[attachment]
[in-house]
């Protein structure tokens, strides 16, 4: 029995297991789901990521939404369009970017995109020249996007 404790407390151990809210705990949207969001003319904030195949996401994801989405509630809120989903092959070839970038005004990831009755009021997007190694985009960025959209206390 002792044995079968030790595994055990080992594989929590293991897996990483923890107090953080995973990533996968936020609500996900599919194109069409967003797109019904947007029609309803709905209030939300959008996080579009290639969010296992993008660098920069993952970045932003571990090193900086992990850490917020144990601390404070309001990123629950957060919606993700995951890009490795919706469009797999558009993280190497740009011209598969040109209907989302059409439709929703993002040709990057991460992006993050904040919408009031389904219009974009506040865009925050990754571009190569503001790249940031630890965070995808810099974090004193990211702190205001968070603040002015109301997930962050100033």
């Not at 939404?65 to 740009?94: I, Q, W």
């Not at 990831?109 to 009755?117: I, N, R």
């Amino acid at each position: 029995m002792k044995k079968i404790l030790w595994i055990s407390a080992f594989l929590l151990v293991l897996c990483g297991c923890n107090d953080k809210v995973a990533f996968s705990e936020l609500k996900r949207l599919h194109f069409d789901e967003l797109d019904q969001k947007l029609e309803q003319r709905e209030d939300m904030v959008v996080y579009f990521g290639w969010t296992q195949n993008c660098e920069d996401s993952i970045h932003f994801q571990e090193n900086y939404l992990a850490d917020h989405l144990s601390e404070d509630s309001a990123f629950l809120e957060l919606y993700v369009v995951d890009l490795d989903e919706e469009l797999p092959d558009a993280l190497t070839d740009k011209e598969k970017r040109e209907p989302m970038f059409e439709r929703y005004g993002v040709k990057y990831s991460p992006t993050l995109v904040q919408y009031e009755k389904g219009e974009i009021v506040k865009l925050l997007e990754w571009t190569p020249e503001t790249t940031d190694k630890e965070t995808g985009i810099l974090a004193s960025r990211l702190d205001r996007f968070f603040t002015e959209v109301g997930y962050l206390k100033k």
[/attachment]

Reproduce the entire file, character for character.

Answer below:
[in-house]
């Protein structure tokens, strides 16, 4: 029995297991789901990521939404369009970017995109020249996007 404790407390151990809210705990949207969001003319904030195949996401994801989405509630809120989903092959070839970038005004990831009755009021997007190694985009960025959209206390 002792044995079968030790595994055990080992594989929590293991897996990483923890107090953080995973990533996968936020609500996900599919194109069409967003797109019904947007029609309803709905209030939300959008996080579009290639969010296992993008660098920069993952970045932003571990090193900086992990850490917020144990601390404070309001990123629950957060919606993700995951890009490795919706469009797999558009993280190497740009011209598969040109209907989302059409439709929703993002040709990057991460992006993050904040919408009031389904219009974009506040865009925050990754571009190569503001790249940031630890965070995808810099974090004193990211702190205001968070603040002015109301997930962050100033």
């Not at 939404?65 to 740009?94: I, Q, W």
């Not at 990831?109 to 009755?117: I, N, R």
């Amino acid at each position: 029995m002792k044995k079968i404790l030790w595994i055990s407390a080992f594989l929590l151990v293991l897996c990483g297991c923890n107090d953080k809210v995973a990533f996968s705990e936020l609500k996900r949207l599919h194109f069409d789901e967003l797109d019904q969001k947007l029609e309803q003319r709905e209030d939300m904030v959008v996080y579009f990521g290639w969010t296992q195949n993008c660098e920069d996401s993952i970045h932003f994801q571990e090193n900086y939404l992990a850490d917020h989405l144990s601390e404070d509630s309001a990123f629950l809120e957060l919606y993700v369009v995951d890009l490795d989903e919706e469009l797999p092959d558009a993280l190497t070839d740009k011209e598969k970017r040109e209907p989302m970038f059409e439709r929703y005004g993002v040709k990057y990831s991460p992006t993050l995109v904040q919408y009031e009755k389904g219009e974009i009021v506040k865009l925050l997007e990754w571009t190569p020249e503001t790249t940031d190694k630890e965070t995808g985009i810099l974090a004193s960025r990211l702190d205001r996007f968070f603040t002015e959209v109301g997930y962050l206390k100033k």